CSE370 Laboratory Assignment 4

Using Programmable Array Logic

Distributed: 2 February 2004
Due: 6 February 2004


In this laboratory assignment you will learn to use programmable array logic.  You will be using an 8-product term PAL called a 22V10 (see its functional logic diagram).   Note that it can generate 10 Boolean functions of up to 8 product terms each from 12 inputs.  In addition, it allows the functions to be fed back as input internally to the PAL (see the signal coming back out of the macro cell).  This is how this PAL gets its name: functions of up to 22 inputs, with 10 distinct outputs, hence, 22V10.  Note: for now, ignore the other logic elements in this PAL, we'll come back to them later in the quarter.  After you familiarize yourself with the component, you will write some Verilog code that will be compiled into the logic in this PAL.  This is yet another useful capability of the ActiveHDL tool.  We'll use the full-adder circuit from the previous lab assignment as the example.  You will then "program" the PAL and use it on your protoboard.


  1. Spend some time familiarizing yourself with the 22V10 functional logic diagram.  Make sure you see how logic functions will be formed in this component.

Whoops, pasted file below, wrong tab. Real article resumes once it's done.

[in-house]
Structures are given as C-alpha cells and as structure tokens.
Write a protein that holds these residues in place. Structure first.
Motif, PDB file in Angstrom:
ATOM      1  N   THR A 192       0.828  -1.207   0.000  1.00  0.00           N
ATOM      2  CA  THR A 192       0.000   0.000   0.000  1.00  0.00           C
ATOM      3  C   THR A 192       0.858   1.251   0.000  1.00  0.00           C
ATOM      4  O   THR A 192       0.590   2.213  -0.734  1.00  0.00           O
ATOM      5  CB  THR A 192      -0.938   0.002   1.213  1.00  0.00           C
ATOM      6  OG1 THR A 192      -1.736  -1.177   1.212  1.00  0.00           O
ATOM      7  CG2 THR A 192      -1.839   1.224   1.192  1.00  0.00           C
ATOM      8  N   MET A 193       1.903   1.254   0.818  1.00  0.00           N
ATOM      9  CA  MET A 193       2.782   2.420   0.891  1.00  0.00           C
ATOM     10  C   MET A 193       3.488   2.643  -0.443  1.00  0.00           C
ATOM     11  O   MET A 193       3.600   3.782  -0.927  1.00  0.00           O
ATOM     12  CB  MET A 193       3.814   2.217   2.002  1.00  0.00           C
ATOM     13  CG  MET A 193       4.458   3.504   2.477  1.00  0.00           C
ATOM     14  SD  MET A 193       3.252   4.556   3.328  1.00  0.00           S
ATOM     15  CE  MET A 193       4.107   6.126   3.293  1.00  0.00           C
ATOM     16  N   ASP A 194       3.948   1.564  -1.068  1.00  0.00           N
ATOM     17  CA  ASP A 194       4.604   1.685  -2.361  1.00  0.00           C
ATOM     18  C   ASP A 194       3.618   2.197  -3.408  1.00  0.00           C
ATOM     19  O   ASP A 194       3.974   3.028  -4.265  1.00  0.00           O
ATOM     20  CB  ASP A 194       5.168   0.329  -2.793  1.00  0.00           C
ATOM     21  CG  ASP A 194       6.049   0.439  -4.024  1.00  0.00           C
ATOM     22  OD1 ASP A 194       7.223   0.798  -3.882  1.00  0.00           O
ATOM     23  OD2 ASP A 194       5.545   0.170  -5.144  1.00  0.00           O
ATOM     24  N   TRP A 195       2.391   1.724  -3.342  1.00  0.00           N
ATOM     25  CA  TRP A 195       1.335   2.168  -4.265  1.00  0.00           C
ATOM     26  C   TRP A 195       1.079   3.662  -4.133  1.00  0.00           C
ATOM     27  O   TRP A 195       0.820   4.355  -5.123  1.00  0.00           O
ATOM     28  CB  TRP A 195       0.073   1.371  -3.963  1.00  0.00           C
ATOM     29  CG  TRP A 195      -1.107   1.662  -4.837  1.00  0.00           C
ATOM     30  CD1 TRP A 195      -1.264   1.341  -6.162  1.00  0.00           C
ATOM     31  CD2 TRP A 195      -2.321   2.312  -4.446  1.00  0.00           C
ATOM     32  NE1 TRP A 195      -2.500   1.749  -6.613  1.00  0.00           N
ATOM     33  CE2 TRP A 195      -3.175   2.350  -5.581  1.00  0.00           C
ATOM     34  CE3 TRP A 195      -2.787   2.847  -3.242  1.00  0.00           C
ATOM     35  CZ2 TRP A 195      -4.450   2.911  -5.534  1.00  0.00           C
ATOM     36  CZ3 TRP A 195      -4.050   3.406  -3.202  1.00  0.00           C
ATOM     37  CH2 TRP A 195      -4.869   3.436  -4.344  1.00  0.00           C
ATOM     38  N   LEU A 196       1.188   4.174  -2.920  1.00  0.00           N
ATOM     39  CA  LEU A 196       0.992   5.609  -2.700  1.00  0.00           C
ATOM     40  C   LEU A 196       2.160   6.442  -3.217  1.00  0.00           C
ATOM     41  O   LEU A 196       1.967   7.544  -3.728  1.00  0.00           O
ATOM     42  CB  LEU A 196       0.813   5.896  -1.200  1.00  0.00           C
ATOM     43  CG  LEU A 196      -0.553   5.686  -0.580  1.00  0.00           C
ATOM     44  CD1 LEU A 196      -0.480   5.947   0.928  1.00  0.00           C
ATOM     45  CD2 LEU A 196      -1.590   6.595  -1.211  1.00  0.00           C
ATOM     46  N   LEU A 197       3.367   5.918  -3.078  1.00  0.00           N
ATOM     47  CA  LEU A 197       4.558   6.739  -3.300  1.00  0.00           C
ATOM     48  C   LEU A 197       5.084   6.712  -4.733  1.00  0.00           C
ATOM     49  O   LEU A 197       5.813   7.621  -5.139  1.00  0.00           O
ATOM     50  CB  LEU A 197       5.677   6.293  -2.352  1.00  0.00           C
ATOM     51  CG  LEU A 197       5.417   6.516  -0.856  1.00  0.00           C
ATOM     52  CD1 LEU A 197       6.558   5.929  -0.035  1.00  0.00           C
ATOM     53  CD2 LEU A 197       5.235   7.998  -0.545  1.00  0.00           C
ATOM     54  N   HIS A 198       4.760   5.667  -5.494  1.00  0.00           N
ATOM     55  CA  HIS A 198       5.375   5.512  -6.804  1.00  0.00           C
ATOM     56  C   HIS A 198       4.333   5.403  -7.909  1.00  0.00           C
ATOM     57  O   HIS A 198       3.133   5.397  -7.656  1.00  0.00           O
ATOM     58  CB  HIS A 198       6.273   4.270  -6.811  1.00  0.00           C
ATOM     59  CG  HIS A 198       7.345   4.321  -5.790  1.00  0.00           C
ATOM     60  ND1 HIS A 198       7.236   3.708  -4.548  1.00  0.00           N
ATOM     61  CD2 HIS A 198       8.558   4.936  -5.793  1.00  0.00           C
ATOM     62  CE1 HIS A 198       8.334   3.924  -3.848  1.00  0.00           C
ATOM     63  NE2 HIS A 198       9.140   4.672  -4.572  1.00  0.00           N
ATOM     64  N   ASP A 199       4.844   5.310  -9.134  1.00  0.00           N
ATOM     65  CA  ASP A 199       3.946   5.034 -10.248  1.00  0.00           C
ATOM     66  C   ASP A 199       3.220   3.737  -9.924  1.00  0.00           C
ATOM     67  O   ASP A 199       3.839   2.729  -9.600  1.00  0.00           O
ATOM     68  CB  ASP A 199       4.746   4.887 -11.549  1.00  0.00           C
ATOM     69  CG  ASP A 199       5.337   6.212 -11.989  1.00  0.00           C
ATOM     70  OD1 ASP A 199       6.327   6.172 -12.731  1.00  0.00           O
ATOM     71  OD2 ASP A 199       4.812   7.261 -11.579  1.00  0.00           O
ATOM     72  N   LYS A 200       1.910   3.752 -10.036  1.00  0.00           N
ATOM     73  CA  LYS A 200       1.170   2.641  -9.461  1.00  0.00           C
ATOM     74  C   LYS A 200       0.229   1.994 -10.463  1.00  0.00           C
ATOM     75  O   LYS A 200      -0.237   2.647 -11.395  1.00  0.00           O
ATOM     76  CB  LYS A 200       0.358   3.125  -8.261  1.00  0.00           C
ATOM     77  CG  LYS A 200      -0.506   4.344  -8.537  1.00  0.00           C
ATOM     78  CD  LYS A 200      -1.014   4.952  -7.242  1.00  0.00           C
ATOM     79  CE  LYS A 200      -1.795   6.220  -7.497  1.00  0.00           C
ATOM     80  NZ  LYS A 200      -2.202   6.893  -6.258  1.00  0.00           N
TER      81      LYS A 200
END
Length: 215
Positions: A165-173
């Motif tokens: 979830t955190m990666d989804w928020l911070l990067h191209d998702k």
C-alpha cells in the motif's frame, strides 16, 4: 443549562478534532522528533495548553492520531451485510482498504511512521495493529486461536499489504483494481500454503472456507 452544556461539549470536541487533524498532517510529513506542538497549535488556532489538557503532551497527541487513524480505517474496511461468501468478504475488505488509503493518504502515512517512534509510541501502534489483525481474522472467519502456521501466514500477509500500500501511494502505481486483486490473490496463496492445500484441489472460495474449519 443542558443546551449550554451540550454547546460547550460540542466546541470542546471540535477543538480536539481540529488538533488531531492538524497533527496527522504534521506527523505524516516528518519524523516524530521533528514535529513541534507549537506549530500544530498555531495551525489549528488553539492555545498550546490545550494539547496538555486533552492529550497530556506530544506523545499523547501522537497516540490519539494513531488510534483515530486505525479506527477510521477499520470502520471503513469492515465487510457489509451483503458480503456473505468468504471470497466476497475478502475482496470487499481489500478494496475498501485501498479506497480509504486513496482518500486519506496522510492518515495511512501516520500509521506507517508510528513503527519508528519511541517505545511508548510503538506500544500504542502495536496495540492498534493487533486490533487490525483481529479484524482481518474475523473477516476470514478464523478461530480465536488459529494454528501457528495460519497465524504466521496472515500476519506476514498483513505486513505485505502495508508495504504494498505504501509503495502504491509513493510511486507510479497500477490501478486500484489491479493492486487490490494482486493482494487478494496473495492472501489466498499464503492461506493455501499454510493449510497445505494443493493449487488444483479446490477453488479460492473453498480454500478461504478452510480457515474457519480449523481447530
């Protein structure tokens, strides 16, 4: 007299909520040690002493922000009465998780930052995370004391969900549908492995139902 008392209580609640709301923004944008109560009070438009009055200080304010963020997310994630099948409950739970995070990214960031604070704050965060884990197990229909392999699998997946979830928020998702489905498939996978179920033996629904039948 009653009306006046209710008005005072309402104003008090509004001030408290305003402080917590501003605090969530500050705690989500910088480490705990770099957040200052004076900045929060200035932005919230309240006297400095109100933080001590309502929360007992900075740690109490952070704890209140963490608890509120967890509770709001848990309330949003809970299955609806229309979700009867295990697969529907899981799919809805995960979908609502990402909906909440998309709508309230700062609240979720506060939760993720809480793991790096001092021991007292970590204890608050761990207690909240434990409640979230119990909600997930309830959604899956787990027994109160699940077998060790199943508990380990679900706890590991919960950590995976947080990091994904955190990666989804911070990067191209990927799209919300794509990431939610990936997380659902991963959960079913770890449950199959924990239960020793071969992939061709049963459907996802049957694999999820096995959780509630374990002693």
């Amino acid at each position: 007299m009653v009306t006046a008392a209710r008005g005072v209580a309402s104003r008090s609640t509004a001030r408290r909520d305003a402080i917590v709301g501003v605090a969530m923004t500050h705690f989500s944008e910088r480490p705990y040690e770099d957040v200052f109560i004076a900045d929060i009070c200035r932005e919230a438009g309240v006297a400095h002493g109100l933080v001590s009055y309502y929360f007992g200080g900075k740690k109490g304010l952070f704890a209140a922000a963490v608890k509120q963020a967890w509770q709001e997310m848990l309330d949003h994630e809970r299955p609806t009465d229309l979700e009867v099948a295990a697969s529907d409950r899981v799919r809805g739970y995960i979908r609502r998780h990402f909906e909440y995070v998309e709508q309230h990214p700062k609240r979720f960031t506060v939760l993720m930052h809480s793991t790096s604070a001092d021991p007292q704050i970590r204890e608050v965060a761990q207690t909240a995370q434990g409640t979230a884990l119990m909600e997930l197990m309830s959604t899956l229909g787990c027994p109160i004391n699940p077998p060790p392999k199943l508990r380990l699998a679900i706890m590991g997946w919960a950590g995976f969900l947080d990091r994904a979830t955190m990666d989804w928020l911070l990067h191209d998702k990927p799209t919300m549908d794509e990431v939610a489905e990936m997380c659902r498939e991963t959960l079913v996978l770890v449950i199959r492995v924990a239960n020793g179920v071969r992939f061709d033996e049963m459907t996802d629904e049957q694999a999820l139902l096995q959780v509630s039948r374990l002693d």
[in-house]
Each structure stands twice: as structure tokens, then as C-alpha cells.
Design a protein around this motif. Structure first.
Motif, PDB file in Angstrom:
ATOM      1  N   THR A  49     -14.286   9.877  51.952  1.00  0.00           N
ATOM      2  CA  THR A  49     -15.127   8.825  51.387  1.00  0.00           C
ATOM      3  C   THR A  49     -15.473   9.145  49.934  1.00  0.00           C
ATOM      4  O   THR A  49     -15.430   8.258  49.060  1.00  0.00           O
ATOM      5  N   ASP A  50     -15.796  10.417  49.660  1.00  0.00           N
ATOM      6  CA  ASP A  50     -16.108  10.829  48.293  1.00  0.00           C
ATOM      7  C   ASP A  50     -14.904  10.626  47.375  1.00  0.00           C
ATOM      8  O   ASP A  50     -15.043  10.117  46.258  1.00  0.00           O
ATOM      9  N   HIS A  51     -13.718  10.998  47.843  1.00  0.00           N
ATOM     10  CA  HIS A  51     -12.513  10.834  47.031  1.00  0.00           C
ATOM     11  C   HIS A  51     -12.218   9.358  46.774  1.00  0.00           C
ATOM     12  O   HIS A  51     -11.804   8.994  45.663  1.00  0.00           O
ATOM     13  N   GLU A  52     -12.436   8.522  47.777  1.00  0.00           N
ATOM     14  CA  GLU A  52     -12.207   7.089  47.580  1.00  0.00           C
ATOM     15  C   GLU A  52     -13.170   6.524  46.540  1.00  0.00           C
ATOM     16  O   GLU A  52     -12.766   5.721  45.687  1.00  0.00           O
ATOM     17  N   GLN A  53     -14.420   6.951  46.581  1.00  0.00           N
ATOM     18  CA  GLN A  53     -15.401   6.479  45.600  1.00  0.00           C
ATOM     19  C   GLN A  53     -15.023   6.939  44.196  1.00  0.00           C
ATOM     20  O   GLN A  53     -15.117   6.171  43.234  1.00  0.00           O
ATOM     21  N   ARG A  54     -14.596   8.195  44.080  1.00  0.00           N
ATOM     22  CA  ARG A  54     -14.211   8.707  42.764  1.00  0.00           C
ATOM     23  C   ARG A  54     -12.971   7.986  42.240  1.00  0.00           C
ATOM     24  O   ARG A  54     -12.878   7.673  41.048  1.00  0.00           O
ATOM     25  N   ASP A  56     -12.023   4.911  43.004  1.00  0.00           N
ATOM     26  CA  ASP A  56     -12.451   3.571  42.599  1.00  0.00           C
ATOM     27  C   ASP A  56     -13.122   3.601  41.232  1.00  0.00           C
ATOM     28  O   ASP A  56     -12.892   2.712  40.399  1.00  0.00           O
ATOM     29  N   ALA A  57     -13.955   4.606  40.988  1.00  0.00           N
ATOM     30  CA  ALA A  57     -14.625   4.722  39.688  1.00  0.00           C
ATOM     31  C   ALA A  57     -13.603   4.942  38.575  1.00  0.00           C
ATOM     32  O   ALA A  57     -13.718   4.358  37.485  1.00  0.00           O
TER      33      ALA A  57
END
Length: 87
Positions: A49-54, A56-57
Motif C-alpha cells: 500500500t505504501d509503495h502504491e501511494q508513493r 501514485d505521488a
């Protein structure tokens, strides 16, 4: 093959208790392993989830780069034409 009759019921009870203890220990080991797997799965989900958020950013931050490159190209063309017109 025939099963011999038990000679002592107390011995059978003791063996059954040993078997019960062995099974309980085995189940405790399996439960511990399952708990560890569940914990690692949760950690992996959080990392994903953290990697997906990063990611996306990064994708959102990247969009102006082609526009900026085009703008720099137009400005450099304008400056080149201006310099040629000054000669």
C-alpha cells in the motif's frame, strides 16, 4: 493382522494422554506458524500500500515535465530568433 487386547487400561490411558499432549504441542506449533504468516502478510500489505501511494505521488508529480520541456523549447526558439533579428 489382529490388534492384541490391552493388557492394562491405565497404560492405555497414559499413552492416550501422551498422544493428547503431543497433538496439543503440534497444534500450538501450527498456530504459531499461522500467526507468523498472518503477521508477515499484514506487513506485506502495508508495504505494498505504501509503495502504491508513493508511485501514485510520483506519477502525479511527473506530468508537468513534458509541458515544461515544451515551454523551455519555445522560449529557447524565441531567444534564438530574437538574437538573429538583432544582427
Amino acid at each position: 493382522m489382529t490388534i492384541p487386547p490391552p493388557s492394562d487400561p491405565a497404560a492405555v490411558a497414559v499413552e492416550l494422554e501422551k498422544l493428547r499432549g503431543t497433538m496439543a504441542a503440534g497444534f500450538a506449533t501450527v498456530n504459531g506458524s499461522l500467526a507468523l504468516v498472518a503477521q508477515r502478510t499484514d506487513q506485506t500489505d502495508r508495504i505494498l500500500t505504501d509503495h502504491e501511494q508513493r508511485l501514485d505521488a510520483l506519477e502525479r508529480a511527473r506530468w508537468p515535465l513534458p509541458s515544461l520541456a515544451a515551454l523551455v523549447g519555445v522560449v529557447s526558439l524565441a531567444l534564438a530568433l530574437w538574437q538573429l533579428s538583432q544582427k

2. Complete the entire next tutorial for how to compile a circuit to a PAL using the Aldec ActiveHDL 6.1 and then program a PAL using a PAL "programmer".  Just use the full-adder circuit from the previous lab assignment as the example. You should already have the Verilog file for this circuit and have verified it using the simulator.  The TAs will provide you with a PAL chip to add to your kit.
  3. After you've programmed your PAL, place it in your circuit board and wire its inputs and outputs to some switches and LEDs, respectively.  As in the previous laboratory assignment, verify its correct operation and show this to the TA.  In addition, you should make sure to review the reports generated by the compilation process and understand what equations were generated to be implemented by the PAL.  The TAs may ask you about this, so be sure to review it carefully.
  4. Now create a 2-bit adder out of your verilog full adder, and compile it for your PAL using Active-HDL 6.1. Place two full adders in a schematic to create a two-bit adder. After simulating to prove that it is correct, program the PAL and wire it to show correct operation, with switches for input, and LEDs for output.. Demonstrate to the TAs.

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